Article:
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Bright and Shiny: Anish Kapoor at De Pont

On December 30, 2012, Maarten and I went to see the exhibition on Anish Kapoor at De Pont, museum for contemporary art, in Tilburg.

Anish Kapoor

I have seen work of him before, maybe only on photo's or tv (like his monumental work Leviathan for Monumenta 2011, this link is worth checking out, trust me!), maybe irl too, but only became conciously aware of Anish Kapoor last summer, watching this documentary. It was late at night, I was cuddling Aafje on the couch and didn't feel like going to bed, so I switched on the tv. And there was this artist with his shiny artwork with both industrial (finish) as well as organic (shape) aspects to it, talking about the relation between art and philosophy. Food for thought! I started taking notes but couldn't keep up. Some of the things I jotted down:

  • According to Anish Kapoor, the language of art like his, that doesn't represent something in reality, needs to be philosophical. Scale, space, time are aspects of that. Experiencing art can do something to your experience of time. "To make art you have to make new form, new space, new time".

  • There is no innocence in our interaction with the world and each other. Objects are never innocent.

  • He speaks of recognizing a third presence, which makes me think about Descartes on seeing clearly.

  • Art as a philosophical object or mathematical object.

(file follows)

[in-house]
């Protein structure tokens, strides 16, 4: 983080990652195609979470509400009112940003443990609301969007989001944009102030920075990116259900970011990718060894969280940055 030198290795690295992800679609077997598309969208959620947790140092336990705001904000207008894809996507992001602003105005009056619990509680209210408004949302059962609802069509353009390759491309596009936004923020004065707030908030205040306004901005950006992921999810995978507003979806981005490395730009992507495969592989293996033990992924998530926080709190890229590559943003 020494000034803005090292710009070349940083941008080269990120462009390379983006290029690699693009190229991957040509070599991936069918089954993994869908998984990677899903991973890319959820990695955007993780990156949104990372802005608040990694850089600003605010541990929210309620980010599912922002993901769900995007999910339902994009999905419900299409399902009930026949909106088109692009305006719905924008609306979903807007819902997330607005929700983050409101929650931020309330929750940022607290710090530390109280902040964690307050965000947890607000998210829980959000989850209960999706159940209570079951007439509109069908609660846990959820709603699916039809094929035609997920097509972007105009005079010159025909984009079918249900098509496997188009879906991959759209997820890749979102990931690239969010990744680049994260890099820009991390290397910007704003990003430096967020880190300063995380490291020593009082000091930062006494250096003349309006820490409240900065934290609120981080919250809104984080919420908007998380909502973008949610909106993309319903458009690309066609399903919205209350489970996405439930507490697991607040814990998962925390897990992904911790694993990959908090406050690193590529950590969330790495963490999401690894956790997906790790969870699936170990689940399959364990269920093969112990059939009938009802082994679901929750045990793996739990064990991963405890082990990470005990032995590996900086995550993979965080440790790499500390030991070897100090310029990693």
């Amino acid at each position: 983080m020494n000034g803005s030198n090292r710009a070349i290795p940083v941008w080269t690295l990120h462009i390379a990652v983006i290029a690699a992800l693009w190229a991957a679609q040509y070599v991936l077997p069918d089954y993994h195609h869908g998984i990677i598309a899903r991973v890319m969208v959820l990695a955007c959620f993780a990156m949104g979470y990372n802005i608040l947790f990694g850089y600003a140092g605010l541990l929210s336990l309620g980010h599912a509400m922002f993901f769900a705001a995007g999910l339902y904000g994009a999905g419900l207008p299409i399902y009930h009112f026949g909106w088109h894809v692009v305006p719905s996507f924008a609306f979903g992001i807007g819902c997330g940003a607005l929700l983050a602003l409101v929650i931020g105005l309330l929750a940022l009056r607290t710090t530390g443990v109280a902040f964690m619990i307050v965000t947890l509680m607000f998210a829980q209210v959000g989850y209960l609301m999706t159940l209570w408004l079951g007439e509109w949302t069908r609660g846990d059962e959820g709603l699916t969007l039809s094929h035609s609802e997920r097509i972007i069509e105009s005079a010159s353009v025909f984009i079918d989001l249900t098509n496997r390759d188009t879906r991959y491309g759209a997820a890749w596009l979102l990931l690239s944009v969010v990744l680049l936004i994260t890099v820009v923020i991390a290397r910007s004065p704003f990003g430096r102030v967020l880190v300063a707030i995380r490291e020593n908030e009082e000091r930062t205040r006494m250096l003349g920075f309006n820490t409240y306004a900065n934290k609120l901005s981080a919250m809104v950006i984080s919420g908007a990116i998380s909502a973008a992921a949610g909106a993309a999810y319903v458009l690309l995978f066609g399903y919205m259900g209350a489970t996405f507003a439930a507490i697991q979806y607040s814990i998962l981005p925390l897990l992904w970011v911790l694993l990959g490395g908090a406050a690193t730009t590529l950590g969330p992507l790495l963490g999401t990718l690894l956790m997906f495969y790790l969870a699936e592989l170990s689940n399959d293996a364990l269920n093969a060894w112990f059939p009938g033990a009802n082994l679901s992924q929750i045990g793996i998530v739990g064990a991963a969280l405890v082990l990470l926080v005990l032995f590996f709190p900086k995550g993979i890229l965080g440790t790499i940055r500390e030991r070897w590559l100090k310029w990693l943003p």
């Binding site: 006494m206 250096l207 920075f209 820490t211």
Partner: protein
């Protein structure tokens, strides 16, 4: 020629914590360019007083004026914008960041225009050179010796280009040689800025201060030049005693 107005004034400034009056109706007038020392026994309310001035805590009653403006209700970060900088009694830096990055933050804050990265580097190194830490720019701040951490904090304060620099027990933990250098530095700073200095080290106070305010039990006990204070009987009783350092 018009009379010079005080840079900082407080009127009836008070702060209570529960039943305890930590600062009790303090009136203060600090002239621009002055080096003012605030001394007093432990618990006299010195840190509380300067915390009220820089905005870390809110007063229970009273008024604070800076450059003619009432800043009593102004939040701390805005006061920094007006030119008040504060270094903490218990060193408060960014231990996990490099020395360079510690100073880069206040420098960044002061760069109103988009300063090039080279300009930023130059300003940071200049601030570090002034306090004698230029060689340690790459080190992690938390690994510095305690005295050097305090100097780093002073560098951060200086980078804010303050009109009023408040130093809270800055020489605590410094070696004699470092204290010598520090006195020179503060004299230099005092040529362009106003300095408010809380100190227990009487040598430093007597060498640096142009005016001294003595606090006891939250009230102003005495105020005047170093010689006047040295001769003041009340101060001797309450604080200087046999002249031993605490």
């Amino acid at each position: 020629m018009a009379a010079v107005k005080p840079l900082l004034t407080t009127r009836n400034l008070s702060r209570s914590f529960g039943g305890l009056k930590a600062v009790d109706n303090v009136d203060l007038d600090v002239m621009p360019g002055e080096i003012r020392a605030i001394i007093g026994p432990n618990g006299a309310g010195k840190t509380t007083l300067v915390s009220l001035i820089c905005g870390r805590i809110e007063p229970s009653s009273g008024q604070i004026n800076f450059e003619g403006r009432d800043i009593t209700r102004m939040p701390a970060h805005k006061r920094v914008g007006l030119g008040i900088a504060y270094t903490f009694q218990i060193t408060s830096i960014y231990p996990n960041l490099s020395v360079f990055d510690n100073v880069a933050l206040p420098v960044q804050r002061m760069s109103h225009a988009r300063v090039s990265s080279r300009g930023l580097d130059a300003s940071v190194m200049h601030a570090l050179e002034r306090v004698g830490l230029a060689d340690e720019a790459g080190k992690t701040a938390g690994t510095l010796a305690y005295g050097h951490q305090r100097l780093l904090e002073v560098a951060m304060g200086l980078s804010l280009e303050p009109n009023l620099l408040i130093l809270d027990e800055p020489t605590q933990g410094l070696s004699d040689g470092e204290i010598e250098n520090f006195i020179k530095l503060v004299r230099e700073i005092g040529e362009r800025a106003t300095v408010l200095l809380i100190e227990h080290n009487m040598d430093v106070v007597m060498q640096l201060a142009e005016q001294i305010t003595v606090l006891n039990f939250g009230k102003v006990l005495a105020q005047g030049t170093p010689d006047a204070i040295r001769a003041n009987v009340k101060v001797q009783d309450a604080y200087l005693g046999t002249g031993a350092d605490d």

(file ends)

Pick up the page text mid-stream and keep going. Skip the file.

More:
A couple of months later I heard about the exhibition. I asked Maarten if he would come along. Wilma had some unused traintickets laying around so off we went.

When I open my eyes

We haven't visited De Pont before and start with looking at another exhibition, When I open my eyes, photo's of the IJsselmeer by Wout Berger. Dreamy photo's of water and sky. The horizon more or less in the middle of each photo. The differences between them depend on the light and the wheater and are quite subtle at times. Berger took the photo's from his bedroom window, it made him look more consiously of his view. A bit like us and the hundreds of photo's we took of the sky seen from our livingroom in the past six years.

Permanent Collection

Next up is the permanent collection, mostly located in small spaces. A varied collection, Maarten remarks. Most of it doesn't appeal to me. Some of the works I do like instantly are those of Jan Andriesse (Regenboog, a large work with pastels, and Veldmaarchalk Erwin Rommel bij de wolhokken) and Angela Bulloch (Night Sky: Saturn North from Earth, I want it to hang on my bedroom ceiling!) I like the idea of Where and when? by Sophie Calle, makes me think of blogposts I write about outings and vacation days.
Trough a pitch-dark corridor, rounding corners, we arrive in a little room with James Turrell's Wedgework III. My eyes have to adjust to the scarce light to be able to see it, even though I'm usually quite good at seeing in the dark. Very subtle. It works estranging, like stepping outside the world, outside time.
I pass by a guided tour for kids. The guide was engaging them in thinking about a definition of art in a playful manner. Large as the building may be, it's pretty crowded. De Pont has had a record amount of visitors that weekend: over a thousand a day. I wonder how much of these works are meant to have a meditative effect on the viewer, which now gets lost in the livelyness all those visitors generate. The visitors are varied but, as can be expected, most of them are white couples in their 50's and 60's, driving expensive cars.